by Peter G. Peterson ‧ RELEASE DATE: Oct. 14, 1996
An authoritative and alarming audit of the potentially bleak financial future faced by the 76 million Americans born between 1946 and 1964--who look forward to comfortable retirements. A former Commerce secretary turned investment banker and a member of the Bipartisan Commission on Entitlement and Tax Reform, Peterson has strong feelings about his subject, as well as a firm grasp on it. He demonstrates that insufficient resources exist to cover the retirement of Boomers (who will begin leaving the workforce in about 15 years). He goes on to show that, on any rational bookkeeping basis, Medicare and Social Security are ""massively insolvent."" Doubling back, the author reviews just how the US became a thrift-deficient, consumption-minded, deficit-burdened, and entitlement-oriented society in which the relatively affluent collect appreciably more federal benefits than the genuinely impoverished. Having blamed the electorate and Congress in approximately equal measure for this parlous state, and arguing that in economic terms the troubles created by the graying of America could dwarf all other serious problems, Peterson offers a multipoint reform program whose top priority would be balancing the federal budget by 2002. His list of obligatory changes includes a thorough makeover of entitlements, complete with a schedule of phased-in sacrifices to be shared by all recipients of government largesse. Also covered are such possibilities as reducing benefits for the affluent (i.e., households with annual incomes exceeding $40,000); advancing the eligibility age for FICA payouts; establishing a system of personal, privately managed, and portable pension plans funded in part with dollars now earmarked for Social Security; and a tax policy that would impose levies on consumption rather than income. A persuasively stated case for addressing a consequential issue that's overdue for debate and action.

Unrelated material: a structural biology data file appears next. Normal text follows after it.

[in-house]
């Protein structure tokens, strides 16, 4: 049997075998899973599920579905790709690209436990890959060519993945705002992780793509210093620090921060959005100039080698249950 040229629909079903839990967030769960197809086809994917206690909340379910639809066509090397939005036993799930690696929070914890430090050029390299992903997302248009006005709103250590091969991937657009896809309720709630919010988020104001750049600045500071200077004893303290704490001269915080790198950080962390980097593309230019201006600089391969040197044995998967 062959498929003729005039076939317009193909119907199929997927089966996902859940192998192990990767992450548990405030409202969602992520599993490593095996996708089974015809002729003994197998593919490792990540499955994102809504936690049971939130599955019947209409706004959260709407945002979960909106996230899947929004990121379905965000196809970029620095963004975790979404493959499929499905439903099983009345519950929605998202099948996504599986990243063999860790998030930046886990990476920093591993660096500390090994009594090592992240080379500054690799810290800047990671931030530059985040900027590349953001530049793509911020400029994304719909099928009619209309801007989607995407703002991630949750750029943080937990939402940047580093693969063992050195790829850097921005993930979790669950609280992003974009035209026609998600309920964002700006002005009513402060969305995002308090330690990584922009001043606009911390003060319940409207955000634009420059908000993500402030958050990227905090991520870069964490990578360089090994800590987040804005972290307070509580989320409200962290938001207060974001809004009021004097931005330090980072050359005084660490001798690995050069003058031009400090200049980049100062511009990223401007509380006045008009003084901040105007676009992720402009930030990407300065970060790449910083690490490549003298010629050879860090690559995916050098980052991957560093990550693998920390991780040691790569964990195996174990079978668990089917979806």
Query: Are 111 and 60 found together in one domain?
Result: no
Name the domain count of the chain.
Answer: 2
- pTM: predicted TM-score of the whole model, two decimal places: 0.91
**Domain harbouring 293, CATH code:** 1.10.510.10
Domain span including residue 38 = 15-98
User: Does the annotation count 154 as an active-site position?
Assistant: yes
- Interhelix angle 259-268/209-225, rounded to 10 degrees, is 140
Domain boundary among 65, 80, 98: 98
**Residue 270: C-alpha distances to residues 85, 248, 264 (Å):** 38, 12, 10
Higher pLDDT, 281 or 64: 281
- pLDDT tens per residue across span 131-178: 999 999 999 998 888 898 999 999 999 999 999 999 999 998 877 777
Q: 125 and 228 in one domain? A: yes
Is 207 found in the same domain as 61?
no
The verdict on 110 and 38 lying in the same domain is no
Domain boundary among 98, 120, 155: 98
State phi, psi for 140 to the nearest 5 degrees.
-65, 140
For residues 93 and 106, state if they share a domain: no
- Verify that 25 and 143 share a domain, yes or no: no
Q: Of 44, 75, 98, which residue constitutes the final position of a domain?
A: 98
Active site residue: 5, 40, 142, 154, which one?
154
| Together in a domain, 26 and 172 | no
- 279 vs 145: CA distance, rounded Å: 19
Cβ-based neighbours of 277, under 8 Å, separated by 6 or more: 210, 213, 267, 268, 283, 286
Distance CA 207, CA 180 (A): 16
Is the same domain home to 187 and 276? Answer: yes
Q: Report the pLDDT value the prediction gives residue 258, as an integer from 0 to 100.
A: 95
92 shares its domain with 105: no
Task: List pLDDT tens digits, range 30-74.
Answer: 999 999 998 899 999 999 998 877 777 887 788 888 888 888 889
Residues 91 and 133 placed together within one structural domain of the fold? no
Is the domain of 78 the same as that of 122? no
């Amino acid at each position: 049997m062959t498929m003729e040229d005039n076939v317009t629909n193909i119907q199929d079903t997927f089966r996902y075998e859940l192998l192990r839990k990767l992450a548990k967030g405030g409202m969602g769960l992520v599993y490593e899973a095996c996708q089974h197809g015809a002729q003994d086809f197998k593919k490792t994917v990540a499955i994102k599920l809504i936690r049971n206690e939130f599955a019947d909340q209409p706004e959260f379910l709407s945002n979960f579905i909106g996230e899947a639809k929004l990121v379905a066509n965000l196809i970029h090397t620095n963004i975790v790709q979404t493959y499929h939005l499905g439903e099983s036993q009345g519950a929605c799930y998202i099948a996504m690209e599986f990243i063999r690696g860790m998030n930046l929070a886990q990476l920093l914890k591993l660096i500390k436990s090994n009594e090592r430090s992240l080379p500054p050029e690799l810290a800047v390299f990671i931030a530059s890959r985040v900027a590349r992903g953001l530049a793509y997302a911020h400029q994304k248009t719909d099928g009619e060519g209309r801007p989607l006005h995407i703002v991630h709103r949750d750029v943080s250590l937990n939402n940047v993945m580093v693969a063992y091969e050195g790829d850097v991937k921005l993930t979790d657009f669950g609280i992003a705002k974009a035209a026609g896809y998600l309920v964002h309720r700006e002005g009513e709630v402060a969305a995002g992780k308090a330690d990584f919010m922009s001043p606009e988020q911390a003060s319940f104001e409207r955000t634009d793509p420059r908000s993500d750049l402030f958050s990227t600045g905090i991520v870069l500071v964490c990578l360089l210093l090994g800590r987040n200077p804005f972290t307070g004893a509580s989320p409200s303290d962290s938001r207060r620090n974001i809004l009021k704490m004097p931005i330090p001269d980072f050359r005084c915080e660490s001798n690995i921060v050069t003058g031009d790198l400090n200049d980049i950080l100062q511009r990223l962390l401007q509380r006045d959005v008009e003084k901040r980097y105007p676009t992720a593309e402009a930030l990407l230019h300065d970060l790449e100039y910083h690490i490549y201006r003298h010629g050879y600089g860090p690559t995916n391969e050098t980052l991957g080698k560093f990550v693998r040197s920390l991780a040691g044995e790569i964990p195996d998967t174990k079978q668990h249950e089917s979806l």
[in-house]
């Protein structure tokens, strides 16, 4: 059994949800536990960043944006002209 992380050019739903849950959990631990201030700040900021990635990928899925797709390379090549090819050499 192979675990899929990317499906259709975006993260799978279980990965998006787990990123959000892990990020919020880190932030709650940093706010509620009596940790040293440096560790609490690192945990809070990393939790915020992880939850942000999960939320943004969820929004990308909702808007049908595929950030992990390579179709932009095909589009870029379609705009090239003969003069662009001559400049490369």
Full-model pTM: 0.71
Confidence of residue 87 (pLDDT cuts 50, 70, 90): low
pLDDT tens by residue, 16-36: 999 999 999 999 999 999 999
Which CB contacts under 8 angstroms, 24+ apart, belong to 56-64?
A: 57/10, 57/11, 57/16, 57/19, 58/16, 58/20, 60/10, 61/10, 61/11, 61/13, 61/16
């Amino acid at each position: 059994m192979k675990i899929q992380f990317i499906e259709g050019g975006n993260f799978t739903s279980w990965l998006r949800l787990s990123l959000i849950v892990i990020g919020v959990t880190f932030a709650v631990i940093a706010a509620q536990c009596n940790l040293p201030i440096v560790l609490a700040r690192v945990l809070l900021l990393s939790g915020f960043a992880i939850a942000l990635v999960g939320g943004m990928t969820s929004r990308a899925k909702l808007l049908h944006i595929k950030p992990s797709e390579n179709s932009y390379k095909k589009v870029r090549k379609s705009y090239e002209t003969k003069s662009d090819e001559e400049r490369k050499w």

Pub Date: Oct. 14, 1996
Page Count: 256
Review Posted Online: N/A
Kirkus Reviews Issue: Sept. 15, 1996
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